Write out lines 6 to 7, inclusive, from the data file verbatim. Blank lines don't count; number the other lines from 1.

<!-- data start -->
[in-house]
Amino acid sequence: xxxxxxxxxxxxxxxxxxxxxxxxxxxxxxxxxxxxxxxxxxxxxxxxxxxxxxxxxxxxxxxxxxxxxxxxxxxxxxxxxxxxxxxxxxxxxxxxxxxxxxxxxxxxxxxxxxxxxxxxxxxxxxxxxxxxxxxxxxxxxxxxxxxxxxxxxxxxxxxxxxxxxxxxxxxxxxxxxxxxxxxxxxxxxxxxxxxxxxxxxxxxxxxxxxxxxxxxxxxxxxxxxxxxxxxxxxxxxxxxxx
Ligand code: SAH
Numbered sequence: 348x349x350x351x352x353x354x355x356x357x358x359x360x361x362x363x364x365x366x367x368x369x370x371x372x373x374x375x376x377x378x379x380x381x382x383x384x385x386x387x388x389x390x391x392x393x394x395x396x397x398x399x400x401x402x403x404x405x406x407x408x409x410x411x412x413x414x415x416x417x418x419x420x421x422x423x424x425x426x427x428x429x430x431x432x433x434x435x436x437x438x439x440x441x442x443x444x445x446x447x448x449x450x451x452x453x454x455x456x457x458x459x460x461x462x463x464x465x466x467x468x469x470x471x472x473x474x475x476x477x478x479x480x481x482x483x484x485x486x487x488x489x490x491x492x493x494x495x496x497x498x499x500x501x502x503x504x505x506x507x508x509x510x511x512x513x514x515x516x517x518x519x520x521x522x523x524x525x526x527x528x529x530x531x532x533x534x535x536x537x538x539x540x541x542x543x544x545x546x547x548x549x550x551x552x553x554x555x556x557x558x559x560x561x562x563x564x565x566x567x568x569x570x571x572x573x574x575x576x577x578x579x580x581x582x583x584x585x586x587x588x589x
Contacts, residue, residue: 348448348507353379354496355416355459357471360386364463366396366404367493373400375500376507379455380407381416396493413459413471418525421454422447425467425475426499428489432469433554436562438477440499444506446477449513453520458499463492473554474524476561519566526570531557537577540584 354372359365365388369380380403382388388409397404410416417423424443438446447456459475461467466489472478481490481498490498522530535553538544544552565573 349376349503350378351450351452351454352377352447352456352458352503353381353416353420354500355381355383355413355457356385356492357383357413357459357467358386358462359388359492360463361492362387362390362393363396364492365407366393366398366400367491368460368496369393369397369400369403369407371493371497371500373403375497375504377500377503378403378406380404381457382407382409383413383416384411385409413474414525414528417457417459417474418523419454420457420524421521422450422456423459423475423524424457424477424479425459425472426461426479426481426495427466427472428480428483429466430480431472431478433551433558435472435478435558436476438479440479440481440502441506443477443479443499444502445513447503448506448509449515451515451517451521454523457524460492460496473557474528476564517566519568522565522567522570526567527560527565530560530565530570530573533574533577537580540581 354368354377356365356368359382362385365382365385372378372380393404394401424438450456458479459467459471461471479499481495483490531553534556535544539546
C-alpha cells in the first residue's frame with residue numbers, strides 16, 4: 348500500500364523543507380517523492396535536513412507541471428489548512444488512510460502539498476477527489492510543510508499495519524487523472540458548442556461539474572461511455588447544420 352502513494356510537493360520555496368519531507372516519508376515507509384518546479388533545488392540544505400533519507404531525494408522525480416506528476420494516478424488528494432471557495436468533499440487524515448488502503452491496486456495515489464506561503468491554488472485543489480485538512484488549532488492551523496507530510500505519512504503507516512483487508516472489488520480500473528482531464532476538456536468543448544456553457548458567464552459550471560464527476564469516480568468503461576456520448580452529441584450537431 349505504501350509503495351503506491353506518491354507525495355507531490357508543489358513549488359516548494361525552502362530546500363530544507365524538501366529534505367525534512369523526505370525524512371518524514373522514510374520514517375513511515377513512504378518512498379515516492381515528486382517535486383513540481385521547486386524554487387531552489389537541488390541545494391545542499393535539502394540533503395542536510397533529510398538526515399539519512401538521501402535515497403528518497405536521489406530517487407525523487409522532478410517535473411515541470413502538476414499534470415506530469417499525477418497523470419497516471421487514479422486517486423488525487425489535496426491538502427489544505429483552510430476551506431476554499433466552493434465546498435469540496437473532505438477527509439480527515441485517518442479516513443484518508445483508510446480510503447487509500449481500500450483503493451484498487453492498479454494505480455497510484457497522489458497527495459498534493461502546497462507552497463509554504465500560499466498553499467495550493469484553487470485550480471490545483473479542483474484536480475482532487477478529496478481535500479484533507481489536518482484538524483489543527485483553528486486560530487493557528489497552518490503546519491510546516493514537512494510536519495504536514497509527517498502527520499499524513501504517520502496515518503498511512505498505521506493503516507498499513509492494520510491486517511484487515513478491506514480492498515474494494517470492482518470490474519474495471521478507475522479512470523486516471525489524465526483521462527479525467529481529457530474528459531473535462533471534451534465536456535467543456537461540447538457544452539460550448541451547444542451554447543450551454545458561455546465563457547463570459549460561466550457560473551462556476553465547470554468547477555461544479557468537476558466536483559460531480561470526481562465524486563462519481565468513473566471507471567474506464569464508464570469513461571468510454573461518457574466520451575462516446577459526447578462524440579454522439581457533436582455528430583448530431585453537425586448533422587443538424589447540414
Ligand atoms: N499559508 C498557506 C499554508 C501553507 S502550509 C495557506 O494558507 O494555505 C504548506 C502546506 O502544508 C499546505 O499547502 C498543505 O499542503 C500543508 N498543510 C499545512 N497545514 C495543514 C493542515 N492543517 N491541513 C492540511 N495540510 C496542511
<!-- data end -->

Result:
C-alpha cells in the first residue's frame with residue numbers, strides 16, 4: 348500500500364523543507380517523492396535536513412507541471428489548512444488512510460502539498476477527489492510543510508499495519524487523472540458548442556461539474572461511455588447544420 352502513494356510537493360520555496368519531507372516519508376515507509384518546479388533545488392540544505400533519507404531525494408522525480416506528476420494516478424488528494432471557495436468533499440487524515448488502503452491496486456495515489464506561503468491554488472485543489480485538512484488549532488492551523496507530510500505519512504503507516512483487508516472489488520480500473528482531464532476538456536468543448544456553457548458567464552459550471560464527476564469516480568468503461576456520448580452529441584450537431 349505504501350509503495351503506491353506518491354507525495355507531490357508543489358513549488359516548494361525552502362530546500363530544507365524538501366529534505367525534512369523526505370525524512371518524514373522514510374520514517375513511515377513512504378518512498379515516492381515528486382517535486383513540481385521547486386524554487387531552489389537541488390541545494391545542499393535539502394540533503395542536510397533529510398538526515399539519512401538521501402535515497403528518497405536521489406530517487407525523487409522532478410517535473411515541470413502538476414499534470415506530469417499525477418497523470419497516471421487514479422486517486423488525487425489535496426491538502427489544505429483552510430476551506431476554499433466552493434465546498435469540496437473532505438477527509439480527515441485517518442479516513443484518508445483508510446480510503447487509500449481500500450483503493451484498487453492498479454494505480455497510484457497522489458497527495459498534493461502546497462507552497463509554504465500560499466498553499467495550493469484553487470485550480471490545483473479542483474484536480475482532487477478529496478481535500479484533507481489536518482484538524483489543527485483553528486486560530487493557528489497552518490503546519491510546516493514537512494510536519495504536514497509527517498502527520499499524513501504517520502496515518503498511512505498505521506493503516507498499513509492494520510491486517511484487515513478491506514480492498515474494494517470492482518470490474519474495471521478507475522479512470523486516471525489524465526483521462527479525467529481529457530474528459531473535462533471534451534465536456535467543456537461540447538457544452539460550448541451547444542451554447543450551454545458561455546465563457547463570459549460561466550457560473551462556476553465547470554468547477555461544479557468537476558466536483559460531480561470526481562465524486563462519481565468513473566471507471567474506464569464508464570469513461571468510454573461518457574466520451575462516446577459526447578462524440579454522439581457533436582455528430583448530431585453537425586448533422587443538424589447540414
Ligand atoms: N499559508 C498557506 C499554508 C501553507 S502550509 C495557506 O494558507 O494555505 C504548506 C502546506 O502544508 C499546505 O499547502 C498543505 O499542503 C500543508 N498543510 C499545512 N497545514 C495543514 C493542515 N492543517 N491541513 C492540511 N495540510 C496542511